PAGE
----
Theoretical models for grief
Some early ideas on grief advocate a cognitive adaptation theory (CAT) (1983) that postulates that after a trauma comes personal growth permeated through maintenance of self-protection processes and the boost of self-esteem (Taylor, 1983). Whereby the latter theorist define grief as “positive psychological change experienced because of the struggle with highly challenging life circumstances” (Davis, G, Davis and Nolen-Hoeksema, 2011, p, 1). Whereby other theorist have encompassed these notions into a posttraumatic growth (PTG) model that postulates a four stage process one being a disruption to one’s day-today living, two being a reconstruction of one’s inner self, three being a change that occurs within one’s self for the better and four is the progressive positive change that occurs due to the tribulation experienced (Tedeschi, R.G., & Calhoun., L.2004).
Evidence-based research for grief
A longitudinal study found that the process of understanding a loss entailed two-part meaning making process whereby one entailed an understating of the loss and the other entailed retrieving something beneficial from the experience (Davis, Nolen-Hoeksema, & Larson, 1998: Nolen-Hoeksema & Davis, 2001). Initial stages of grief were interrelated with the first process of understanding the grief in terms of the entire process of coping with it within the first 6-month period and the spiritual beliefs of the person who passed away. The other aspect of benefit finding was dependent upon on self-regulation of emotions thus boosting their inner strengths in conveying a feeling of appreciation of family relations (Davis, G, Davis and Nolen-Hoeksema, 2011).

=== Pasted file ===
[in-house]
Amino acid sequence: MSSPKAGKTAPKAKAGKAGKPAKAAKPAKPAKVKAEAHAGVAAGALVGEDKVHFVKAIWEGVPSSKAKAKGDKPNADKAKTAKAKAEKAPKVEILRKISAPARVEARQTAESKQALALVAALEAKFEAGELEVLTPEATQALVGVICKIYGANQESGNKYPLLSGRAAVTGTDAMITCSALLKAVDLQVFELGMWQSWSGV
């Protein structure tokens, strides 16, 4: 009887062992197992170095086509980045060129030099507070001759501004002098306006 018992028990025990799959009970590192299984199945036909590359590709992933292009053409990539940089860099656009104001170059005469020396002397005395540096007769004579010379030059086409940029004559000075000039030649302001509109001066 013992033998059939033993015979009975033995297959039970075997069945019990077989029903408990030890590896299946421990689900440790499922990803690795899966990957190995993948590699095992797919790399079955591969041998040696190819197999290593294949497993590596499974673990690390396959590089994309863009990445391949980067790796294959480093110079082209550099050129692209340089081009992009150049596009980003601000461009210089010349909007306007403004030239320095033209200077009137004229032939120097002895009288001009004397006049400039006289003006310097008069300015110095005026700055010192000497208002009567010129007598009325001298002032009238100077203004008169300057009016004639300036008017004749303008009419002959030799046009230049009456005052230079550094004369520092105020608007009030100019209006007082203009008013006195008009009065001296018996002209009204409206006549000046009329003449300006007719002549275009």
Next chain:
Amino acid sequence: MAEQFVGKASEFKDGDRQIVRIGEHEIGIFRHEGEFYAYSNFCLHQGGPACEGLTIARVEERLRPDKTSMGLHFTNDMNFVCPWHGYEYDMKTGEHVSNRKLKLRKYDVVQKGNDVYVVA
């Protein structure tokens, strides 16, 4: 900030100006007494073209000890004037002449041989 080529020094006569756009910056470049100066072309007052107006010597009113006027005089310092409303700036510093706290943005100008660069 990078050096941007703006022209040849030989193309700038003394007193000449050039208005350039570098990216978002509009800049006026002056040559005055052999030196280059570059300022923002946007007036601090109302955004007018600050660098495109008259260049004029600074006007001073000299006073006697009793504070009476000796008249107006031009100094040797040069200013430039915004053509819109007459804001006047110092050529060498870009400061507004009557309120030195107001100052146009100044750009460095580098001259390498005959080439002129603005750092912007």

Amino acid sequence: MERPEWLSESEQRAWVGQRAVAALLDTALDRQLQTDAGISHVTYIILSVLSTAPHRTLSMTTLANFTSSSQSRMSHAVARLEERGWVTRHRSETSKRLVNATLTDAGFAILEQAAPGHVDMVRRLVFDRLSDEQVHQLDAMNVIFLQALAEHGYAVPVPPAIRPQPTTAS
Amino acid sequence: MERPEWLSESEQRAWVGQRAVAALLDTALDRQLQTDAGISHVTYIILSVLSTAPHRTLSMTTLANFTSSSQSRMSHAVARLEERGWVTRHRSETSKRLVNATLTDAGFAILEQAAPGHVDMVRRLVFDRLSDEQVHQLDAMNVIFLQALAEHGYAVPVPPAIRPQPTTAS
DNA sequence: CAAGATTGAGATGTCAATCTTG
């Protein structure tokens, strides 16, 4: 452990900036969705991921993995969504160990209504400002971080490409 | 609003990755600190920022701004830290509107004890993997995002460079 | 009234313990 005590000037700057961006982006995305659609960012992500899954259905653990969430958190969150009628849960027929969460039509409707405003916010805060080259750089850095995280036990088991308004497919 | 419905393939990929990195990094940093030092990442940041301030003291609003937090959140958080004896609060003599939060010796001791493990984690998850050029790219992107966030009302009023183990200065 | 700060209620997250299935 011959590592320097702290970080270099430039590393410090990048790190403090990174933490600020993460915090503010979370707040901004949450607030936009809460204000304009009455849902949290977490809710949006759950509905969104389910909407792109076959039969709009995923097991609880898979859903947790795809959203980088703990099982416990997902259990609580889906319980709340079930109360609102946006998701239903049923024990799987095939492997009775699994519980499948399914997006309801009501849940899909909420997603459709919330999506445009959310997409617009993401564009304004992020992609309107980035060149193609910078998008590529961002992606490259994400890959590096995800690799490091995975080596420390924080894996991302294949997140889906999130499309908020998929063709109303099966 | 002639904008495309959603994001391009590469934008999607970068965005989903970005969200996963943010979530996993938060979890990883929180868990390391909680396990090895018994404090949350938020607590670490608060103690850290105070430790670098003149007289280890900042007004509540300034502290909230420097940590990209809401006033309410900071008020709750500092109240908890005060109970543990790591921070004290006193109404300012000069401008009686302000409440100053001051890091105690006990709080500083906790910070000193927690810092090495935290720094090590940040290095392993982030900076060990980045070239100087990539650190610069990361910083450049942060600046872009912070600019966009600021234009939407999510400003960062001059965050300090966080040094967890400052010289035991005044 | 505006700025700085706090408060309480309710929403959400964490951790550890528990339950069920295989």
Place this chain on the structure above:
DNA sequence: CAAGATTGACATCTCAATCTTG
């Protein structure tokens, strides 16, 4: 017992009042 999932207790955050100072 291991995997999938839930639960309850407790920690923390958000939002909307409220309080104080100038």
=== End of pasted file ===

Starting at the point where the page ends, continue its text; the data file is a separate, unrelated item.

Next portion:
How do you cope with grief?
The believe that adversity or the loss of a loved does it bring strengths with in us and what does positive psychology say about the whole experience of bereavement. Positive psychologist advocate grief to growth in that the individual needs to build protective factors and build up their resilience after the traumatic experience.
Medical experts suggest a seven step process express yourself, convey your feelings, adhere to a routine, sleep, eat well, do not avoid the pain and if your require counselling then do so. In addition to this you can access telephone support from Cruse Bereavement Care, 0808 808 1677 or the Samaritans on the following Freephone number 116 123 (NHS, 2016). Furthermore a five step process entails talking about the death of the loved one, acceptance of ones feelings, taking care of oneself/ family, help others dealing with the loss and finally celebrate the person’s life (Nordal, K, C, 2011).
How Positive psychology practitioners can help people experiencing grief
Healthcare professionals like therapist, bereavement counsellors, nurses and doctors can address any emotional issues you are experiencing. In current light of what positive psychology had brought to light I feel the following features would be beneficial to people coping with grief: keeping a grief journal for the first 6 months of their loss, creating a positive portfolio for their beloved family member and engaging in positive communication with a good social circle of friends. By implementing the positivity toolset in a thoughtful manner they can turn grief to growth.
This piece of writing is dedicated to my beloved father Syed Manzoor Hussain Shah, his beloved sister Amina Bibi Shah may she rest in peace and my uncle Syed Riaz Hussain Shah.
About the author: Fizza Shah, BSc Psychology, PgCert in Applied Positive Psychology a MAPP student at Buckinghamshire New University. Her website is https://positivewellbeingassociation.wordpress.com/2017/08/11/what-are-happiness-strategies/ and Facebook group called Positive Wellbeing Association.
- Lopez, S.J & Snyder, C, R, (2011) The Oxford Handbook of Positive Psychology, Second edition, New York, United States of America, OXFORD UNIVERSITY PRESS.